Revenue uncollected

Citing quality of life issues and millions of lost revenue dollars each year, the New Orleans City Council’s Housing and Human Needs Committee on Monday said there needs to be stricter enforcement of the laws that prohibit illegal short-term rentals.

City law forbids renting a property in the French Quarter for fewer than 60 days, while making it illegal to rent a property for fewer than 30 days elsewhere in Orleans Parish.

Speaking before the council committee, Brian Furness, a French Quarter bed-and-breakfast operator and member of the Short-Term Rental Committee, said legitimate hotels and bed and breakfast operators lose about $13 million a year to the bandit short-term rentals. The city, Furness added, loses about $1.4 million a year in taxes and about $185,000 each year in permit fees it would otherwise collect.

Beyond the lost revenues, Furness said illegal short-term rentals carry other safety and health concerns since they are not inspected like licensed operators.

Jerry Zachary, a member of Vieux Carre Property Owners, Residents and Associates who works with Furness on the Short-Term Rental Committee, said the proliferation of illegal short-term rentals is thanks in part to the Internet and the ease with which people can post and find ads.

But without proper enforcement from City Hall, he said, the rentals are “hollowing out the essence of what makes a neighborhood a neighborhood.”

“In the French Quarter, it is increasingly difficult to know your neighbors since they change each weekend,” Zachary said.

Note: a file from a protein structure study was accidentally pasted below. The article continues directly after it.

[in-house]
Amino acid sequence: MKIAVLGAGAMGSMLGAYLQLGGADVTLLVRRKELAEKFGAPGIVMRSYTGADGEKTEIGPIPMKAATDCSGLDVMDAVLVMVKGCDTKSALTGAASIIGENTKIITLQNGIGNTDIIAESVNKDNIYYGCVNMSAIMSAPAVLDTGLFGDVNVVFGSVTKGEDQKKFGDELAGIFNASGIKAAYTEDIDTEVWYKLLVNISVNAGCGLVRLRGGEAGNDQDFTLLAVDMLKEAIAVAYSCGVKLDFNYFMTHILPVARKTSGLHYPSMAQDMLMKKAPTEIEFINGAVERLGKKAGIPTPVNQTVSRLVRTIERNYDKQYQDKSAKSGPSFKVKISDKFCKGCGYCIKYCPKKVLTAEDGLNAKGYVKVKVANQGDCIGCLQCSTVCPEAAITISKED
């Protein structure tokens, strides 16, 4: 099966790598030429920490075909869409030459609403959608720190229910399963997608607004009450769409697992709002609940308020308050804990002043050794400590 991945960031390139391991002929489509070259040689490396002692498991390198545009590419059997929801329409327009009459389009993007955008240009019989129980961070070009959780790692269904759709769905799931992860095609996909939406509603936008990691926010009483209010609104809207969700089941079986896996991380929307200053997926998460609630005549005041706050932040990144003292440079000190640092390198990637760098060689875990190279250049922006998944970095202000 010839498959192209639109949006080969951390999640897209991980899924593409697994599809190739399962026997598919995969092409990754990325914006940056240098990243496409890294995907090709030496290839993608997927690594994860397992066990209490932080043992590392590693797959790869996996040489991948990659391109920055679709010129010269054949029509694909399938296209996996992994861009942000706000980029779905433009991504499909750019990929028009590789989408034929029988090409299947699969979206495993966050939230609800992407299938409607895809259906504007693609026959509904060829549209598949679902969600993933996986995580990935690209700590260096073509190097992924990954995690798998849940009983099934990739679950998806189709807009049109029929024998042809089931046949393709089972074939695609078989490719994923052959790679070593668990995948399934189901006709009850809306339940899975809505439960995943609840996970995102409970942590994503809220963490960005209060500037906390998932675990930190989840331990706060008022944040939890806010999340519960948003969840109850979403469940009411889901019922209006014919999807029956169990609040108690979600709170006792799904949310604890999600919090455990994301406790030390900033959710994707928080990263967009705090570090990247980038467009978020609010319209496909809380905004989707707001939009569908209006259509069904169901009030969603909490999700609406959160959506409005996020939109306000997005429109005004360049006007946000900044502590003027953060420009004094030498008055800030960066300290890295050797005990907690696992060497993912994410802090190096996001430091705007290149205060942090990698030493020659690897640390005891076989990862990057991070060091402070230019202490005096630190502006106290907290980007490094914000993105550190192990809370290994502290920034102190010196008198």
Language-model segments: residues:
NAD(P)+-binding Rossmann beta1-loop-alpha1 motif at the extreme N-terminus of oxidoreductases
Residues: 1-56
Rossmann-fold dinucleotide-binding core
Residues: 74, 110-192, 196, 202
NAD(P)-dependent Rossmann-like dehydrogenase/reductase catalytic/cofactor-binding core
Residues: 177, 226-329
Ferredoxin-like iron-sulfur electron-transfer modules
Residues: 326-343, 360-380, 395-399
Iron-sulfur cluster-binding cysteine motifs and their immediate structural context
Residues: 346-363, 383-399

City Council President Stacy Head, who serves as co-chairwoman of the committee, said the administration has been too lax in its enforcement of illegal short-term rentals.

Jared Munster, director of the city’s department of safety and permits, said the city only responds to complaints it receives about illegal rentals.

Asked by Head why his office doesn’t seek out the rogue properties, Munster had one answer: “It simply comes down to resources.”

When the city does find a property in violation of the law, Munster said, it sends a note to the owner informing him of the law and asking him to stop.

Others countered that the city has not sent out any letters in the past year.

Bonnie Rabe, who owns the Grand Victorian Bed & Breakfast in the 2700 block of St. Charles Avenue, said the lack of enforcement from the city makes people fearless of any possible sanctions.

“People are doing it because they know they can get away with it,” Rabe said. “They just proceed with business as usual.”

The fact that any fine is capped at $500 is another would-be deterrent that has little effect, said Meg Lousteau, executive director of VCPORA. She said her organization is working with state Sen. J.P. Morrell to rewrite the legislation to increase state-mandated fines.

While the majority of those who spoke on Monday advocated tougher enforcement of existing laws, attorney Jim Uschalt said the city should embrace short-term rentals as a way to be able to collect tax dollars it otherwise misses out on. Uschalt also questioned if the efforts to rein in illegal rentals might be a way to “protect a monopoly.”

While the council and some residents said there is a need for more education among property owners and renters about the laws that prevent illegal short-term rentals, the city must make sure it is aggressively enforcing those laws, Councilwoman LaToya Cantrell said.

She also suggested actions like jail time for scofflaws might be a way to ensure the city code is followed.

“We have to send a strong message here,” she said.